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dc.contributor.advisorConolly, Joan Lucy
dc.contributor.advisorSienaert, Edgard
dc.contributor.authorDesmond, Alethea Snoeks
dc.date.accessioned2012-08-20T06:38:59Z
dc.date.available2012-08-22T09:02:06Z
dc.date.issued2012-08-20
dc.identifier.other423571
dc.identifier.urihttp://hdl.handle.net/10321/745
dc.descriptionSubmitted in fulfillment for the requirements of the Degree of Doctor of Technology: Education, Durban University of Technology, 2010.en_US
dc.description.abstractIn this critical reflective self study I have examined the Family Literacy Project (FLP) to determine the influences that contributed to the development of an approach to family literacy. This study responds to the question What influences contributed to the development of an approach to family literacy relevant to the needs of families in rural KwaZulu Natal? By identifying and exploring and critically reflecting on these influences I provide insights that can inform policy and practice in the adult education and early childhood development sectors in South Africa. The study includes my critical reflections on finding a voice within a self study and how this has contributed towards the development of a methodology. In the process, I have developed a deeper understanding and appreciation of what has been achieved in the FLP during the first eight years under my directorship, and why. In the study, I report on these insights. The FLP project in this study is situated in deeply rural KwaZulu Natal, where the existing extensive knowledge base is almost exclusively oral, and informed by well established insights, understandings and values. In this context, I have examined the roles of families, adult literacy and early childhood development to establish their impact on the development of literacy in families. Through critical reflection, I then identified the principles – active learning, holistic development, community and children‟s rights – underpinning the FLP and was able to establish how these impacted on the development and success of the project. I then examined the roles, practices and characteristics of the FLP facilitators, and the experiences of facilitators and those who engaged in the project. I also looked at the roles played by the community, the external evaluators, and the effect of exposure of the project in the public domain through attendance at iv conferences, publication of journal articles, and awards made to the project because of its successes. I conclude the study by suggesting how the insights from the study might provide support for others engaged in such initiatives and indicating how the topic may be further investigated.en_US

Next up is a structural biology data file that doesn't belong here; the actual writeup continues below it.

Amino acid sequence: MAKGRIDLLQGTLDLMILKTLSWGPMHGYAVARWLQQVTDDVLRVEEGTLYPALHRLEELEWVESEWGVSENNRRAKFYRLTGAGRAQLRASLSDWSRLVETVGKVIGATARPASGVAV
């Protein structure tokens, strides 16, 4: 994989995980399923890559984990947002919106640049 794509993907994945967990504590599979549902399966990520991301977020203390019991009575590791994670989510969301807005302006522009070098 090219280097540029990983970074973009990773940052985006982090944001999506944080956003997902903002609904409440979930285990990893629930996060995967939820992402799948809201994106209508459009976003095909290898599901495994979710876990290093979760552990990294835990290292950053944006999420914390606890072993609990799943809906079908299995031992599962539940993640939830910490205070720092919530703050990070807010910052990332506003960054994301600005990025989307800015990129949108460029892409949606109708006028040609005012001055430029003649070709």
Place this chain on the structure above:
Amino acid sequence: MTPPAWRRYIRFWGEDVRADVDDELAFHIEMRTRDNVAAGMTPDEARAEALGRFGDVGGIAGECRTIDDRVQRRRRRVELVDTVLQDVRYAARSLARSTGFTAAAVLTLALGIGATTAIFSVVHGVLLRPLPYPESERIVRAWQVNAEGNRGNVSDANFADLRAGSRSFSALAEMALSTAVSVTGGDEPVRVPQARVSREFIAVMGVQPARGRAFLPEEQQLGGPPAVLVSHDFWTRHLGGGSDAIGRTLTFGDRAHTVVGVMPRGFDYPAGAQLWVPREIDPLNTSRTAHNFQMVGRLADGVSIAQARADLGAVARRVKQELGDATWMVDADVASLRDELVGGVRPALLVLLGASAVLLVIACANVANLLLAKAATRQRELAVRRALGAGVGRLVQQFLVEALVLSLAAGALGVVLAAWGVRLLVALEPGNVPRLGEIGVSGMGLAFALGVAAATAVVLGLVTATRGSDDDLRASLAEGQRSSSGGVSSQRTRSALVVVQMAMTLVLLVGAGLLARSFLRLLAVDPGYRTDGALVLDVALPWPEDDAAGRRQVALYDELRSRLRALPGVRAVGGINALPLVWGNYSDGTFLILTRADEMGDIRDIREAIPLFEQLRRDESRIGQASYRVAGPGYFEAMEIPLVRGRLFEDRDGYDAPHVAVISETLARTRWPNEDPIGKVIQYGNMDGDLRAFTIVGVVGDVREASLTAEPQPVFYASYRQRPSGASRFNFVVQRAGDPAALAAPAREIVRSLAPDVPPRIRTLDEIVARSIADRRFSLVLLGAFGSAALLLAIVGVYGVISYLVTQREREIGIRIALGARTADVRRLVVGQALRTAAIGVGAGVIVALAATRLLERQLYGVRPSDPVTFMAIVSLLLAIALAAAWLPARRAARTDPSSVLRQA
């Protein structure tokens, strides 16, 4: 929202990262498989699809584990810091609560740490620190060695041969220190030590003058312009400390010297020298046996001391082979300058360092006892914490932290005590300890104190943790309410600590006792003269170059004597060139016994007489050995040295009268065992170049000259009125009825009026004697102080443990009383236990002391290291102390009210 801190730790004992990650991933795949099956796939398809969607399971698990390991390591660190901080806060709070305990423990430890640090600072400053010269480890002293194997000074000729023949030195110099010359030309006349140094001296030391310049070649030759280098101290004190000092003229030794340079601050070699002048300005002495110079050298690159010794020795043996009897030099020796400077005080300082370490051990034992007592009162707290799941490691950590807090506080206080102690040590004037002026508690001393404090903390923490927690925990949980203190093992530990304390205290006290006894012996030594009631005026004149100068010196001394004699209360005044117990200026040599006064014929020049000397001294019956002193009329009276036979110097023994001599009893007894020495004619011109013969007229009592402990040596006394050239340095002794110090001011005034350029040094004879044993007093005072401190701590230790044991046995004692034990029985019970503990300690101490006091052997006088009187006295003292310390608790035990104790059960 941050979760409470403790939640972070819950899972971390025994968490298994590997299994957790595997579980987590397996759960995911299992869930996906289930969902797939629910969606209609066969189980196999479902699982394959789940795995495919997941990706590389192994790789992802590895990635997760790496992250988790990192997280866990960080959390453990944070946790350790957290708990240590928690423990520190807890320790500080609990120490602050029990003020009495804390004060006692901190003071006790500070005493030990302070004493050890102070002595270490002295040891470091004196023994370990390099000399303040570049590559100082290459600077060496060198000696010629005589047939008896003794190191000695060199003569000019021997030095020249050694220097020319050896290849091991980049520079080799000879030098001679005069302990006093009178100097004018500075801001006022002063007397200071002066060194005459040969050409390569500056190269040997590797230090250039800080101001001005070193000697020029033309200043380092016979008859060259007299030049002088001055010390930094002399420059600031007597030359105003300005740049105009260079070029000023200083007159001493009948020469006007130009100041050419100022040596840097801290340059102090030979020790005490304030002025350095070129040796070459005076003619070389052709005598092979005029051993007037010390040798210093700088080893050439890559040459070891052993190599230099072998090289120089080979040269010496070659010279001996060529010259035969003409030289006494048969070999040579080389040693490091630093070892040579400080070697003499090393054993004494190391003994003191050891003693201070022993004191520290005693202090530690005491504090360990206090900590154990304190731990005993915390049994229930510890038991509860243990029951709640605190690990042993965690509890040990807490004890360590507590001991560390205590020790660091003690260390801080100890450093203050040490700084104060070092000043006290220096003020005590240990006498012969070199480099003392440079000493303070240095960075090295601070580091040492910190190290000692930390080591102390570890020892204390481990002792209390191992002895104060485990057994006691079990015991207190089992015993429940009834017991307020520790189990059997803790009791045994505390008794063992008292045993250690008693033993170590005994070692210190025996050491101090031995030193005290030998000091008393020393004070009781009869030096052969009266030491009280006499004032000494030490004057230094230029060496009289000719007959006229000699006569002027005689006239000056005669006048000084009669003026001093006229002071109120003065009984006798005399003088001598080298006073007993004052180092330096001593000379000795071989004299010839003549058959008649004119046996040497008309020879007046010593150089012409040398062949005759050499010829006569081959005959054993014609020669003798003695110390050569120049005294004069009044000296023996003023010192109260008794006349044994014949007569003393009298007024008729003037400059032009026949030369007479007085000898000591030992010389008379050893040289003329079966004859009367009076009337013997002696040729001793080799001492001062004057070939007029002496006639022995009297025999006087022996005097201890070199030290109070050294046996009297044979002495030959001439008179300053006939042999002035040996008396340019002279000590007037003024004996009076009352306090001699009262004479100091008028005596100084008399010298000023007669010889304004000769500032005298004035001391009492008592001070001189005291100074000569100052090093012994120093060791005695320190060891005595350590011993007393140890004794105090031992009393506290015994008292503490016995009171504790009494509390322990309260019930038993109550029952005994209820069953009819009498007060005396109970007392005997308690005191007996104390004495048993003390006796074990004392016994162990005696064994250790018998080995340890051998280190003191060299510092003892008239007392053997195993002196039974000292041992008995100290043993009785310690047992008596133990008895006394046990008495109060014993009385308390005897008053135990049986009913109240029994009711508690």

dc.description.sponsorshipNational Research Foundation.en_US
dc.format.extent254 pen_US
dc.language.isoenen_US
dc.subject.lcshFamily literacy programs--South Africa--KwaZulu-Natalen_US
dc.subject.lcshLiteracy programs--South Africa--KwaZulu-Natalen_US
dc.subject.lcshCommunity education--South Africa--KwaZulu-Natalen_US
dc.subject.lcshEducation--Parent participation--South Africa--KwaZulu-Natalen_US
dc.subject.lcshLiteracy--South Africa--KwaZulu-Natalen_US
dc.titleA journey in family literacy : investigation into influences on the development of an approach to family literacyen_US
dc.typeThesisen_US
dc.dut-rims.pubnumDUT-000359


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